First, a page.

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Omaha, Nebraska, United States
I am more and more convinced that most congregations die from a staggering lack of imagination. Let's change that. Let's imagine a creative future with God and each other together. Drop me a line on email or leave a comment if you have thoughts on God, Jesus, congregations, the church or whatever.... I look forward to our conversations.

Wednesday, December 28, 2011

Guns, Freedom, and the cross of Christ

I own guns. Enough of them so that I cover my whole immediate family with the national average. Since neither my wife or daughters use my guns--only one has ever even held one--it is safe to say they are "my" guns.

I once stayed at a friend's house. As he was giving me a quick tour I noticed there was a gun in every room. Living out in the country as he does, the ones by the doors seemed useful, but a bedroom loft? What gives with all the guns, I asked?

Well, my gun room is being remodeled, so I store them in unused corners. OK, I muse...really? Yeah, plus I figure anyone who comes into this house will know how to use a gun safely, so, what's the damage? I stare in utter amazment at a well-used .260 Browning. You mean, it's loaded too? Of course, what's the sense of having a gun if it's empty? There's no round in the chambers though, so make sure you cock it.

I do understand that not everyone is comfortable staying in such accomodations. And I do appreciate the multitude of friends I have who do not worry too much about whether I am liberal or not, even though I hunt and have guns. To be honest, many of my non-gun-owning friends are curious about and appreciative of guns, much as they would be if I took up stamp collecting or butterflies. Most people who don't own guns see them as potential death instruments, and most people who own guns see them as guarantors of freedom. And that is why "gun control" will always divide the USA.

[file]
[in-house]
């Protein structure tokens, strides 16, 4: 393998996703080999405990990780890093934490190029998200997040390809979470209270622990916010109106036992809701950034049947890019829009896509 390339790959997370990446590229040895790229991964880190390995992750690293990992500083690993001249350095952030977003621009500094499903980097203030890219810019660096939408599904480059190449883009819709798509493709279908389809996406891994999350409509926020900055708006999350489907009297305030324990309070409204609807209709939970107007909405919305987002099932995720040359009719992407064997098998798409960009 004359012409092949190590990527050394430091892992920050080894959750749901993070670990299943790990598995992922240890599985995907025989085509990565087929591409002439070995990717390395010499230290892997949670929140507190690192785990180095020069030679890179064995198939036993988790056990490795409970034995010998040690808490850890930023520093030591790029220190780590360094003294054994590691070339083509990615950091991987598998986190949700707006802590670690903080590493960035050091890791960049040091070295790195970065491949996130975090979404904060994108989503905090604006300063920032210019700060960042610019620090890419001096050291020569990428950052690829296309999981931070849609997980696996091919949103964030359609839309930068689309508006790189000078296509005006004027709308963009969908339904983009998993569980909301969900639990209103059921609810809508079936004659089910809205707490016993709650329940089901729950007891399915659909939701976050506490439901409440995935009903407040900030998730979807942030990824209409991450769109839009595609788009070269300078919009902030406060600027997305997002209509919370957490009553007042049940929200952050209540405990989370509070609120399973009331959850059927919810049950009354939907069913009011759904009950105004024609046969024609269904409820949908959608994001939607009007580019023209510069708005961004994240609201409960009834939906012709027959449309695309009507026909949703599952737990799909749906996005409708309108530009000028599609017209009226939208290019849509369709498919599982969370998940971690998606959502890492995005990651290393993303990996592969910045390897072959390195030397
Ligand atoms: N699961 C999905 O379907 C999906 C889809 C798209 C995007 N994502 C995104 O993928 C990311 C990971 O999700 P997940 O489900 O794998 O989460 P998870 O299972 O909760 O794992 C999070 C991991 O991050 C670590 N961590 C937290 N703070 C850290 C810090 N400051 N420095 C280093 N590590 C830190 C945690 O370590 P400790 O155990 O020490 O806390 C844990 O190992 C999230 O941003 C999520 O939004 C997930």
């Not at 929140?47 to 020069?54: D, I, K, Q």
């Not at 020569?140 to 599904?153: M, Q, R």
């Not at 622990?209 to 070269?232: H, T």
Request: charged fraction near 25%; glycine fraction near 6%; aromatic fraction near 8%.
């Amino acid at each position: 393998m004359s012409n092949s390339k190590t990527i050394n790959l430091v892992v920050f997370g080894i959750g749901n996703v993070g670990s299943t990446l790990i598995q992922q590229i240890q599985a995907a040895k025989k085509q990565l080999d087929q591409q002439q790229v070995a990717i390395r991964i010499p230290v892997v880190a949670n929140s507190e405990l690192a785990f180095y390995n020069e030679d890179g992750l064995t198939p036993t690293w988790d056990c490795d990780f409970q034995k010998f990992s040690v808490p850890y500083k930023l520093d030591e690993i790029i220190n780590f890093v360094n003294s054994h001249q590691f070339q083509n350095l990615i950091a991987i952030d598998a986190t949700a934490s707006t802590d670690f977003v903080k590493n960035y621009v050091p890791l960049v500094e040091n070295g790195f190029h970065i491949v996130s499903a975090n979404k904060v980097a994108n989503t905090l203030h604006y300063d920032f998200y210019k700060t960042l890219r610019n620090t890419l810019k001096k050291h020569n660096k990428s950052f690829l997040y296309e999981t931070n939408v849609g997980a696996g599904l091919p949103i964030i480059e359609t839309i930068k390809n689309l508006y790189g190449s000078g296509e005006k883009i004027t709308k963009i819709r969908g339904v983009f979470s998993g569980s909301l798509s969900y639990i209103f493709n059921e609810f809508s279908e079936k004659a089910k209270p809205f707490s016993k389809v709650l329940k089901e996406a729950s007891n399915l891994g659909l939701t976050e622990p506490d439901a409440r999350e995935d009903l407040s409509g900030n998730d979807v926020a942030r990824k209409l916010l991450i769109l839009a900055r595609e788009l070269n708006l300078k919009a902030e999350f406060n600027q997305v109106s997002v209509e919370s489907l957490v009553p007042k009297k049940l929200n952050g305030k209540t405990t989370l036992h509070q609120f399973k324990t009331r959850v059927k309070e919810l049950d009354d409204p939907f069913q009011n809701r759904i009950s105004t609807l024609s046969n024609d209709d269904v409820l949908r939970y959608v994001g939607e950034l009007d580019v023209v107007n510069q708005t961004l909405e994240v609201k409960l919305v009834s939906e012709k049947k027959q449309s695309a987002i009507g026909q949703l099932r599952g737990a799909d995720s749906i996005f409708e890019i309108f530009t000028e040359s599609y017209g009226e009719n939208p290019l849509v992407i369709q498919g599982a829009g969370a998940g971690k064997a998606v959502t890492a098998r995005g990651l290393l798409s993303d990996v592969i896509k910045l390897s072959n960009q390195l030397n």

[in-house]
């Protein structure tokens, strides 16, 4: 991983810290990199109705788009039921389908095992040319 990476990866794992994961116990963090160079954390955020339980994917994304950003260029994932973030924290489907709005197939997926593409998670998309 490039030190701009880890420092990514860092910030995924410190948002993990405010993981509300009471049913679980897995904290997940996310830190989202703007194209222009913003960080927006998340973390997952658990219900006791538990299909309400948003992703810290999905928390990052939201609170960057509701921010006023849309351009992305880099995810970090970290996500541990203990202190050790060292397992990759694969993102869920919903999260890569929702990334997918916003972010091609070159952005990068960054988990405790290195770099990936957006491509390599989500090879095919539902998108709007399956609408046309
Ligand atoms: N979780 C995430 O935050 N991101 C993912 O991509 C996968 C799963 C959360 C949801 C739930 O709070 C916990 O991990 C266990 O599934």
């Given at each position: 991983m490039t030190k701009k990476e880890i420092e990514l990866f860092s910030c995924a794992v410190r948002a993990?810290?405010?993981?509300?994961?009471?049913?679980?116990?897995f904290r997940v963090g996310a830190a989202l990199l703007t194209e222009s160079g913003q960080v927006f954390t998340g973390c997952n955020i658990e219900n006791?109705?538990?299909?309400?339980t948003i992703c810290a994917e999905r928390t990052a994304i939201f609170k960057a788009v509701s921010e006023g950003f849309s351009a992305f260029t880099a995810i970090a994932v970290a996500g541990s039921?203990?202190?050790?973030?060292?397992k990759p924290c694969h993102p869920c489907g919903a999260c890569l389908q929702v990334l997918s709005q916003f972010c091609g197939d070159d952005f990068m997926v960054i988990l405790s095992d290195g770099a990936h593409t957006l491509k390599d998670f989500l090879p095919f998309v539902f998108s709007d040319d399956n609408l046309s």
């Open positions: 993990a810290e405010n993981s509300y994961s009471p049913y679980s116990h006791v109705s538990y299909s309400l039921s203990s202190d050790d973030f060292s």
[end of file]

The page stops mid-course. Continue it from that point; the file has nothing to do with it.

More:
Regardless of the 2nd Amendment to the Constitution, having a gun to protect yourself seems to work for most people. Crimes against women are the first things to decrease the minute you let women carry a gun, or even let would-be assaulters think they carry a gun. (interestingly, everyone knows that to be so statistically verifiable as to be a truism.) So whether the USA, your home or office, or even your car is being threatened you have the freedom to defend yourself, and a gun is the surest way we have of making a statement about that protection without having to actually use it. So when someone tries to control guns, it is seen by many as trying to take away freedom. And what politician, especially these days, wants to be seen as taking away your freedom? No matter how reasonable the argument, you can't take away someone's freedom just because a congresswoman got shot by someone with a gun. Freedom is dangerous on many levels, not the least of which is that some people don't want you to be free.

But I don't own guns for my sense of freedom. I own guns to kill creatures I eat. Simple as that. My guns are used for hunting, and they are locked away whenever I am not hunting or practing with them. My sense of freedom does not come from me being able to own a comes from something more profound. My freedom comes from love, specifically a love from God that dies (irony of ironies) so that I can live. The cross is the story of that love.

Because I believe in freedom, I will never try to take away someone's freedom by taking away their symbol of it...but I will always challenge people to find freedom in something other than fear, other than arrogance, other than find freedom in love, to find freedom in God.

May your tables be full, and your conversations be true.

Wednesday, December 21, 2011

What makes work "work?"

As I sit here beginning to write there are four men in the church parking lot ouside my window "working." They work for a crane service and are all involved in the process of putting shingles, scaffolding, and whatnot on the roof of the church. They are working. So am I, but there are differences.